butter: .50, sugar: .35, eggs: .20, tomatoes: free, flour: .20, other stuff: .05

1/2 C butter, softened significantly
2 C sugar
2 eggs
2 C green tomatoes, pureed
2 C flour (go on, make 1/2 C white whole wheat if you want; know one will ever know)
1 tsp cinnamon
1/2 tsp ground nutmeg
1/2 tsp ground allspice
1 tsp baking soda
1 1/2 tsp baking powder

1 C brown sugar
1 C water
1/2 stick butter
2 Tbsp flour
1/2 tsp vanilla (don't forget like I did; it adds a nice something)
Note: I bet you could add some chopped pecans to this and add some more amazingness

Puree your tomatoes in a food processor or blender.

Preheat oven to 350.

Cream butter and sugar. Add eggs. Add green tomato puree.

Add dry ingredients.

Mix it all up. Bake at 350 for 35-45 minutes.When a knife comes out clean, it's done.

When it comes out, go ahead and make your topping:

Whisk together all ingredients except the vanilla. Heat them, stirring fairly constantly until they thicken (it'll boil for a minute or few and then start to thicken). Remove from heat and add the vanilla (and maybe a shake or two of salt if you're feeling feisty).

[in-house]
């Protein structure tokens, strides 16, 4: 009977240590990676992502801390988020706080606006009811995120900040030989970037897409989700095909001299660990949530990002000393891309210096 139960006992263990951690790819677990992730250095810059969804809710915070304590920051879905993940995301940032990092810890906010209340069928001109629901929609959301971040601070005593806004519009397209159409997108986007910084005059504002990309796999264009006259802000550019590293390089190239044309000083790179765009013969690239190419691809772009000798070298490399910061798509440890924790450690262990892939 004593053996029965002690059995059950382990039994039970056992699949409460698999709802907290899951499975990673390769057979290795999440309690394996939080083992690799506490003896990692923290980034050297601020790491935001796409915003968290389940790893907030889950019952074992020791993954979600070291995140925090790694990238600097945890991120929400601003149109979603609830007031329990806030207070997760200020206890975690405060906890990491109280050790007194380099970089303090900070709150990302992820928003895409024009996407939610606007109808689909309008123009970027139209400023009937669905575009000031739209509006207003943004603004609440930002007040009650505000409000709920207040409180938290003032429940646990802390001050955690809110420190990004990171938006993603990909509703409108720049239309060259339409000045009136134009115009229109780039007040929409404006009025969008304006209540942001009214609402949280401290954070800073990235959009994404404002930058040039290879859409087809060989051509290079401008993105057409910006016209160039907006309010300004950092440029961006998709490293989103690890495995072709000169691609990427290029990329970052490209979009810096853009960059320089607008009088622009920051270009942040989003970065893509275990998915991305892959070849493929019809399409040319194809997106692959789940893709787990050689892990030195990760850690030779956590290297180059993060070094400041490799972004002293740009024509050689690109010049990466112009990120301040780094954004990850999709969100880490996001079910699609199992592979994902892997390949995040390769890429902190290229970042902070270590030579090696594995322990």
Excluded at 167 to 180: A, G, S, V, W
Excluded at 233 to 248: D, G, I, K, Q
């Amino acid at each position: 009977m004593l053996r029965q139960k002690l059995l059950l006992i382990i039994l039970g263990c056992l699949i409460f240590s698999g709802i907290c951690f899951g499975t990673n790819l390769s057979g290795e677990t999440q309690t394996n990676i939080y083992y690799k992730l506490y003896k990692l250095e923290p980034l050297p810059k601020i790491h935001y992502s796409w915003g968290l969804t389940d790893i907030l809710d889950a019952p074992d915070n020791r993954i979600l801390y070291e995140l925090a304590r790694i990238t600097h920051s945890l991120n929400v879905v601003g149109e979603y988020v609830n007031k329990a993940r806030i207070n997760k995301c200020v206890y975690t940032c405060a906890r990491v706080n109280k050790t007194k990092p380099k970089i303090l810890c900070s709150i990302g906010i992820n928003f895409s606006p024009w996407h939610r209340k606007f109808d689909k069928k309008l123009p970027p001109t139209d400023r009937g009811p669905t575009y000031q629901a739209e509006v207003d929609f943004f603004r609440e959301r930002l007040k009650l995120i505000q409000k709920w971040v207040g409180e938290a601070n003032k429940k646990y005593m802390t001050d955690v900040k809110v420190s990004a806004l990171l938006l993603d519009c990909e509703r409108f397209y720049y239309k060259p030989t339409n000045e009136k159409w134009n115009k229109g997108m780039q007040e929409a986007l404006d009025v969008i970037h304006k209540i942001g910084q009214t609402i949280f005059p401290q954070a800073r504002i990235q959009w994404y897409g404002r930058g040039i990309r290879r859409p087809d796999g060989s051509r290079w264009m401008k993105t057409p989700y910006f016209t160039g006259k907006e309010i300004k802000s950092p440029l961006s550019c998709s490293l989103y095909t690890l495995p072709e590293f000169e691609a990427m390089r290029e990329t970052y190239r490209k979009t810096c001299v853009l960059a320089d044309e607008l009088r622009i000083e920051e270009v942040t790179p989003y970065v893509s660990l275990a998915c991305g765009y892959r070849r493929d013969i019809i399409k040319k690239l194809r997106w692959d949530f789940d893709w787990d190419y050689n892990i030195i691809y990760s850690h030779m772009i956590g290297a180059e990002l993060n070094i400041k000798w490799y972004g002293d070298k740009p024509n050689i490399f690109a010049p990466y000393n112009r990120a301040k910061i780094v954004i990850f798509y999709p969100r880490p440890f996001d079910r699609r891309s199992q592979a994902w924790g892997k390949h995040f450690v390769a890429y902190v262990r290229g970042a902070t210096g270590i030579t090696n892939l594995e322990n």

Prick the top of your cake with a fork and pour the hot topping onto the warm cake.

Serve warm or cool.


Friday, November 2, 2012

Green Tomato Muffins

We trust each other, right? We might need to a little here. Because I realize that when I say "Green Tomato Muffins" you're not like "Move over, chocolate chips; I need to get me some of that action." I mean, well, maybe you are, but if you are you're just a little, well, probably not average. Anyway, I'm not going to compare these to chocolate chip cookies because that's kind of like comparing my post-baby body to Beyonce's or something like that. And we all know who's going to win in that contest (duh, me of course; I mean, that is what you were thinking, right?). Okay, we're just not going to compare them because. But do trust me when I say that these are excellent. As in very very good. As in could be eaten for breakfast, but could also be eaten for dessert. Also, they use up a lot of those tomatoes you brought in on that night of the first frost. For us, this was Wednesday. So at 9:00PM on Halloween night, I could be seen in all my weird neighborly creepiness out among my garden plants with a light on picking away. I'm glad I did. Because did I mention that these were excellent.